From the initial call they had a consultation booked in with Philip to discuss their Teeth replacement needs and options.

Create a story which can show that each patient is unique, their experience and story, why did they wait so long for the treatment, why did they choose you? Add a small testimonial from them. Did they travel across the globe for you? Did they experience anything above and beyond the call of duty, would they recommend you to anyone?

Use these points to create a compelling story to satisfy your potential patient’s queries and answer the questions they may be searching though Google for. I’m sure a question could be how many times can I spin a story? Well with a bit of practice, creativity and building rapport with clients, you should be able to create good SEO blog articles.

Dental Implants: Showcasing Quality, Value and Service (QVS) in your online showroom.

Monday 21st October 2013

If your website doesn’t highlight QVS, I can guarantee your competitor’s does.

So let’s talk about converting dental implant visitors to dental implant patients, remember you need both Q, V and S to provide the complete patient journey.

1. Quality

With any surgical procedure, quality comes down to success rate and clinical standards. So boast your success

“We have performed over 200 dental implants with a 95% success rate!”

Statements reassure nervous patients, and quantify success to those looking for the very best dental implant treatment available, numbers speak volumes in terms of consumer trust.

Make sure your website tells visitors that you are qualified and experienced, have an image of yourself, your qualifications, your extra-curricular training and most importantly, your passion for dental implants. If you love what you do, patients will want you to look after them.

Don’t be afraid to show off, this is not ‘push’ marketing, visitors have come to your website, show them before and after images that will instil confidence in them, a smile gallery is a great tool to achieve this.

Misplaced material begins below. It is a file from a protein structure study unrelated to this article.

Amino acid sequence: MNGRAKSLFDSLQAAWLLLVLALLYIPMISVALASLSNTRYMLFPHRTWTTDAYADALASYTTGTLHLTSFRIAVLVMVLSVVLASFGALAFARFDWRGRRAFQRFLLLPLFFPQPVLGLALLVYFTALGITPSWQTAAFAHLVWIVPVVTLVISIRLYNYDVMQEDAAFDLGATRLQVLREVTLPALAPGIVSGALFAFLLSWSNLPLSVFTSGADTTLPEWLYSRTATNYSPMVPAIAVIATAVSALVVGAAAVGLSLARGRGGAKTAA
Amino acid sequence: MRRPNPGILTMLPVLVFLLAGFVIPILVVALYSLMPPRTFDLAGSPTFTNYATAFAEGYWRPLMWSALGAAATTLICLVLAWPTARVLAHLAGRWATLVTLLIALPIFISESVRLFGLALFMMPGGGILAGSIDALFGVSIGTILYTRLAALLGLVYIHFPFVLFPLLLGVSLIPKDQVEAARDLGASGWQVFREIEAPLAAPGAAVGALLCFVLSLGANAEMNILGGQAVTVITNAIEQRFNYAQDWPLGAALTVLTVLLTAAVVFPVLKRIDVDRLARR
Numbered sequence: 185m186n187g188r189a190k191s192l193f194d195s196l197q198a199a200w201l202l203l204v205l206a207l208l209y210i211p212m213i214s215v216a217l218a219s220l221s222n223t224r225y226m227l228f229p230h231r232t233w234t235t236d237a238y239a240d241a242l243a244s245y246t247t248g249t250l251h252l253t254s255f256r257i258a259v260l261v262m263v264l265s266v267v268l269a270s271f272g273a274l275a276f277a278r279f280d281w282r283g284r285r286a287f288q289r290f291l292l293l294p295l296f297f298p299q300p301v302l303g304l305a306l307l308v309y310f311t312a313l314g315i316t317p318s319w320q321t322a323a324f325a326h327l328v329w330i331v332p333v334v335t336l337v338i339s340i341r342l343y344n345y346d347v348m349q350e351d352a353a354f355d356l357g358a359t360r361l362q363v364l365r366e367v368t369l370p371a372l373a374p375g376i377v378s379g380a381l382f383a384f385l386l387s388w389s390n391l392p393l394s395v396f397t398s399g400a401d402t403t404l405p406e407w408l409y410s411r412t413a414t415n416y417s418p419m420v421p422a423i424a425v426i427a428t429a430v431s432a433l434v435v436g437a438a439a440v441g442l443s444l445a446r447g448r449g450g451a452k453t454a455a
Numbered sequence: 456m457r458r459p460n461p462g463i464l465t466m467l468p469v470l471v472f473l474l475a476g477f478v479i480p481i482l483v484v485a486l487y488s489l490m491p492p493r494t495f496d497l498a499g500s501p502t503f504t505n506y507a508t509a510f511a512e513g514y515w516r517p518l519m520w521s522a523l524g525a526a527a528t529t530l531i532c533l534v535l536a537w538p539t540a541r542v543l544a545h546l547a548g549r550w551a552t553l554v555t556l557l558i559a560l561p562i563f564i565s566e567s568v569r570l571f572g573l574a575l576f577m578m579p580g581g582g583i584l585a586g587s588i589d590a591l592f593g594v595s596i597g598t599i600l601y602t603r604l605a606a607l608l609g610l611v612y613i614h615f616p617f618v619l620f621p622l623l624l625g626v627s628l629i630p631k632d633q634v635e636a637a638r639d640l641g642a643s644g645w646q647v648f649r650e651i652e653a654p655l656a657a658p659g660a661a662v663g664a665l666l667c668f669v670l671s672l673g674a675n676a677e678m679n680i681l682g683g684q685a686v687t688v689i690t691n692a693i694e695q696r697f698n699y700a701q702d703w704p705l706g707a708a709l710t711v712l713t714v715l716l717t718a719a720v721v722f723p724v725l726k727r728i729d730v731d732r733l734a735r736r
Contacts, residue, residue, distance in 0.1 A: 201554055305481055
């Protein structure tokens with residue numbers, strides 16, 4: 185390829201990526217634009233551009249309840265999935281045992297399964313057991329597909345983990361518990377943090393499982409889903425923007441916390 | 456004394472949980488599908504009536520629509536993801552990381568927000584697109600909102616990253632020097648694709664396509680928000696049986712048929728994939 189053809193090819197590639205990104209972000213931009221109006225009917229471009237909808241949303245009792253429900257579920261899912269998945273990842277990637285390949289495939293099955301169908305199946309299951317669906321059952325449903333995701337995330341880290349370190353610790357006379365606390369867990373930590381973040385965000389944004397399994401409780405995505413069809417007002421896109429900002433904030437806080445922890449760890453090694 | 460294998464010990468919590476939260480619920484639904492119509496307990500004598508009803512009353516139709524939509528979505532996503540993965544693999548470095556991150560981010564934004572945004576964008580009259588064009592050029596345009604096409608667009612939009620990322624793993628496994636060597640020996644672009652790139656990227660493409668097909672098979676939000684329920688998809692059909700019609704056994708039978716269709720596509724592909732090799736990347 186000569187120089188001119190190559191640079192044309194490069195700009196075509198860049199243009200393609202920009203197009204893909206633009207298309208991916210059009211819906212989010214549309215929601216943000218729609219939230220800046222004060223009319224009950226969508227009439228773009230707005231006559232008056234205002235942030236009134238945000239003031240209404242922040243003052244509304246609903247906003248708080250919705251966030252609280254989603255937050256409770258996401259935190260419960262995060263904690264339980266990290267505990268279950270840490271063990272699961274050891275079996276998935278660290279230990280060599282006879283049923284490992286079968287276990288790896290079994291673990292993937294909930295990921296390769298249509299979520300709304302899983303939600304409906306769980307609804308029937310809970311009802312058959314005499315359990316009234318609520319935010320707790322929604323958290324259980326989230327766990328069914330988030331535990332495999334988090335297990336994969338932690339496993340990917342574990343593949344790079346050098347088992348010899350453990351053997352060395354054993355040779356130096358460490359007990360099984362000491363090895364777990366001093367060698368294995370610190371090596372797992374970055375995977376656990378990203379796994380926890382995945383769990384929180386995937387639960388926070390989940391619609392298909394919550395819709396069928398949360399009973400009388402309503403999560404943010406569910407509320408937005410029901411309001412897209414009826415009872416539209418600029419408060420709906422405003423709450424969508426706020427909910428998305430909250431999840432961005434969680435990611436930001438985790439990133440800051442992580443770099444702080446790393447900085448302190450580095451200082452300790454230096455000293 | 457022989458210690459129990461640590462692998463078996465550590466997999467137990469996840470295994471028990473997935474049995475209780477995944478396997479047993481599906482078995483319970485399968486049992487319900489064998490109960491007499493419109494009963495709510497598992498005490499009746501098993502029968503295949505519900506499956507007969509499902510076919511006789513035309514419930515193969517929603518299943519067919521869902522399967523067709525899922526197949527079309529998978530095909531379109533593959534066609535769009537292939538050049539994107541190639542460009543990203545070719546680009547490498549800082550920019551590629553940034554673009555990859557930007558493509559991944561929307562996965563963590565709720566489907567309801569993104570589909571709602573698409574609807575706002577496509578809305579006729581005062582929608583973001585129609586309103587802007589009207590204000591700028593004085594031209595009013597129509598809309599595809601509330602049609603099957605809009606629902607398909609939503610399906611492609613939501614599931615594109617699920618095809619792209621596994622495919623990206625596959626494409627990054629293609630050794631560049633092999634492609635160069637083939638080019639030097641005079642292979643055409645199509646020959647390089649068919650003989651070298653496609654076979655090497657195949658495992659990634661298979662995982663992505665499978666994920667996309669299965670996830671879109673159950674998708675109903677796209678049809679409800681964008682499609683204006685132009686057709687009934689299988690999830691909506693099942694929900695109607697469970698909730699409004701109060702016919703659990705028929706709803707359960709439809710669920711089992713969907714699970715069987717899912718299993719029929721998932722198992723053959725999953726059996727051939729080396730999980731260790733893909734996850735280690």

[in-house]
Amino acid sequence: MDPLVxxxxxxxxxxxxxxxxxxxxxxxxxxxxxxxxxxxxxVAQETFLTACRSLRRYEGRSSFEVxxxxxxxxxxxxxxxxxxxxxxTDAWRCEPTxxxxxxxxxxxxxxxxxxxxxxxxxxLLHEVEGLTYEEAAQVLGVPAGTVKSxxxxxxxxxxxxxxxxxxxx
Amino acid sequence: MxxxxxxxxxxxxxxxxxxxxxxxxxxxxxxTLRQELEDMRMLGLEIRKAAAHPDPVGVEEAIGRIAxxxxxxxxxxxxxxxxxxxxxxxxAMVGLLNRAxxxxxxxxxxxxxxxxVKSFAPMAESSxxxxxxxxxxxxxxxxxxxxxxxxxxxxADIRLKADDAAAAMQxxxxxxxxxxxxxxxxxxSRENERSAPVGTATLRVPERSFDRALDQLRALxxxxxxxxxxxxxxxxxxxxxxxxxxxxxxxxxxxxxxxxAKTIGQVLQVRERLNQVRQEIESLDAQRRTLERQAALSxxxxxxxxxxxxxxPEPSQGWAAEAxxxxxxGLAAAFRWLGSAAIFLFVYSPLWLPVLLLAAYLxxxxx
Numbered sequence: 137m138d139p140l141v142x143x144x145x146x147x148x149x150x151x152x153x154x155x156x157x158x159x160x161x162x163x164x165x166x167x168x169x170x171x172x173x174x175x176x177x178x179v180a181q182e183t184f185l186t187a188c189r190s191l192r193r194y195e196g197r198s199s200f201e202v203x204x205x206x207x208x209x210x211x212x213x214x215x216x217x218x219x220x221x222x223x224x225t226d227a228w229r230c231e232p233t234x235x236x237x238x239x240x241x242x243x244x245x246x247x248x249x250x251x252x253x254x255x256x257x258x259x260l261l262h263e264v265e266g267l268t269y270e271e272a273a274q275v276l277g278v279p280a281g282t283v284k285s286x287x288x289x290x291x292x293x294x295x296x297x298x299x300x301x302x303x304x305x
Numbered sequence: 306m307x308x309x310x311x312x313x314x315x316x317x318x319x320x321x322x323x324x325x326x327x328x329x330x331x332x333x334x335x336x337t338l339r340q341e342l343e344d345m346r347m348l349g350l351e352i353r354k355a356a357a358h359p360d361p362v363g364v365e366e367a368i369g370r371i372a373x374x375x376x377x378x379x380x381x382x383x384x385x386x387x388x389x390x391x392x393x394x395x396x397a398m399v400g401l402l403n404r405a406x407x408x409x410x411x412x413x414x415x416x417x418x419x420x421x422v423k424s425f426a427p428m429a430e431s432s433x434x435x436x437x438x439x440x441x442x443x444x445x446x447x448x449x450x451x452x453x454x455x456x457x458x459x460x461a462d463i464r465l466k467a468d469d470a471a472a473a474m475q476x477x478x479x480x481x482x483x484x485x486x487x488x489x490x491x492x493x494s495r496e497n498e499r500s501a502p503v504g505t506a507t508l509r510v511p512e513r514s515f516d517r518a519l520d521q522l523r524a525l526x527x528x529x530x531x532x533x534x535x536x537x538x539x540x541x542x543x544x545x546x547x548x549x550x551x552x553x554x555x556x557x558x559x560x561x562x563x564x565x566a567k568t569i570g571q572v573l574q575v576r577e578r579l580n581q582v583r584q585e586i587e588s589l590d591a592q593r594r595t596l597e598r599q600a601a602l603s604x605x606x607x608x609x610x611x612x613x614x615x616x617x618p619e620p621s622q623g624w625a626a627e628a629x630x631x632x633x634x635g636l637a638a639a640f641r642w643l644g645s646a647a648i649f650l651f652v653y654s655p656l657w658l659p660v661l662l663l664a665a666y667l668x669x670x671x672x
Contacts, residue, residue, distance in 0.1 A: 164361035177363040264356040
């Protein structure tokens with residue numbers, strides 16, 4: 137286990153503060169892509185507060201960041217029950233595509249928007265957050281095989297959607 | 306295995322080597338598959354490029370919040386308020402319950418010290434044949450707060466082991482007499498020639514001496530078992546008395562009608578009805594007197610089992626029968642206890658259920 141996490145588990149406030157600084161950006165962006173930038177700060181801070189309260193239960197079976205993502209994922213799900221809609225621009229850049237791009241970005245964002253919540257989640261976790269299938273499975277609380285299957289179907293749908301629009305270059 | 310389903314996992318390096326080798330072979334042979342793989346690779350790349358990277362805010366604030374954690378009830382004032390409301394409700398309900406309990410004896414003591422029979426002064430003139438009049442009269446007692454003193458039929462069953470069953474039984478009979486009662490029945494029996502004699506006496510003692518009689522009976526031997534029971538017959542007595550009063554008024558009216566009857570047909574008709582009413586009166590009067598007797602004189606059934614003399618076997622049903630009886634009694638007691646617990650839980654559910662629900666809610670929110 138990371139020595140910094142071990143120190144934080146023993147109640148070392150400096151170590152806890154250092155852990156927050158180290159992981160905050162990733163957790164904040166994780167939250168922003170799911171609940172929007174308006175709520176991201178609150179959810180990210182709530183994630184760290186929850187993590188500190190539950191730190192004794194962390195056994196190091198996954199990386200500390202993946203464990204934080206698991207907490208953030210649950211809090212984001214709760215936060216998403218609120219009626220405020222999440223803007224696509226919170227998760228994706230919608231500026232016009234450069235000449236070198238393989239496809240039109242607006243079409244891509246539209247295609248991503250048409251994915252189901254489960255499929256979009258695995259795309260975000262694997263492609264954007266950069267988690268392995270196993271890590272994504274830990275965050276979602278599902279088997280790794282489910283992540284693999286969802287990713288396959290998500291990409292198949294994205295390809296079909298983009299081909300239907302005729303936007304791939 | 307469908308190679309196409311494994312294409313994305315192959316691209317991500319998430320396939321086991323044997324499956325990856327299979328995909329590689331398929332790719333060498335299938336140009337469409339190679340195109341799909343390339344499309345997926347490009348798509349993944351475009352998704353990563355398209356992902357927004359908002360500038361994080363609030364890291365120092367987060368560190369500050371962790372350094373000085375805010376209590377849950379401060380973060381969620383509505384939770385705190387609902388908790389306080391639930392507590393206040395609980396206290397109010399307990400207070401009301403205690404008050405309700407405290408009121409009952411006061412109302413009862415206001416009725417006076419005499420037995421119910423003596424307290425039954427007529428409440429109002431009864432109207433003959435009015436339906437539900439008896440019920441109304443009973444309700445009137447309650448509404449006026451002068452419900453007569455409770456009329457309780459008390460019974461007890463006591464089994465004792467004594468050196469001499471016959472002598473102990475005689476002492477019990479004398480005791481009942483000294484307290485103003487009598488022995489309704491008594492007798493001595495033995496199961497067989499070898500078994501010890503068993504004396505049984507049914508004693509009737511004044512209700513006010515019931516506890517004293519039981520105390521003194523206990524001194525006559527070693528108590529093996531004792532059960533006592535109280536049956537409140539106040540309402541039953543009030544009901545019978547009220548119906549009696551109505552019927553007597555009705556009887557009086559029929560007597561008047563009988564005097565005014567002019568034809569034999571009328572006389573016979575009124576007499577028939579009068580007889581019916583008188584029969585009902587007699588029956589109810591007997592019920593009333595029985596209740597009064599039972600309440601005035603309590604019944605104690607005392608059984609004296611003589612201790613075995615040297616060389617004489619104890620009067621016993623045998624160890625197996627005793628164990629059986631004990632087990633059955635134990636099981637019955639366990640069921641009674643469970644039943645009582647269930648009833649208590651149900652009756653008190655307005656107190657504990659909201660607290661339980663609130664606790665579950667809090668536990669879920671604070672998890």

Finally, make sure your website is GDC compliant! Patients will not be impressed by a website that falls short of basic clinical guidelines. Find out more about website compliance here.

2. Value

If you don’t have your dental implant fees online, forget about it. Online shoppers are not interested in finding out more by calling or coming into the practice, they want all the information to make a buying decision upfront.

However, your fees should represent your value proposition, think Virgin Holidays Vs. Ryanair, make sure visitors know what they are paying for and what they are getting fromtheir dental implant treatment with you. See two great examples of how you can break down the value of your dental implant treatment here and here.

Offer payment options? Put this on your homepage, fees page and dental implants page, even better, have a payment options page! Offering flexible payment solutions for dental implant treatment empowers consumers to make informed decisions and is an additional consideration as part of the buying decision.

Price is one dimensional, value is something that should jump up off the page!

3. Service

Struggle to highlight service on your website? Easy.

What do your existing patients say about their dental implant treatment with you? Let potential patients know by providing testimonials on your website, word of mouth is one thing, word from mouth another.

Patient care may not be tangible, but by patients describing their own experiences, visitors will be able to relate and trust your service.

Back this up with images and information about your practice facilities, let visitors see what they will experience in your care, the comfort on offer and clinical standards your maintain will all contribute to the decision process.

Finally, present the patient journey, from consultation through to a 12 month sign off, patients want to feel as though their dental implant treatment is a relationship with your practice, not a simple transaction.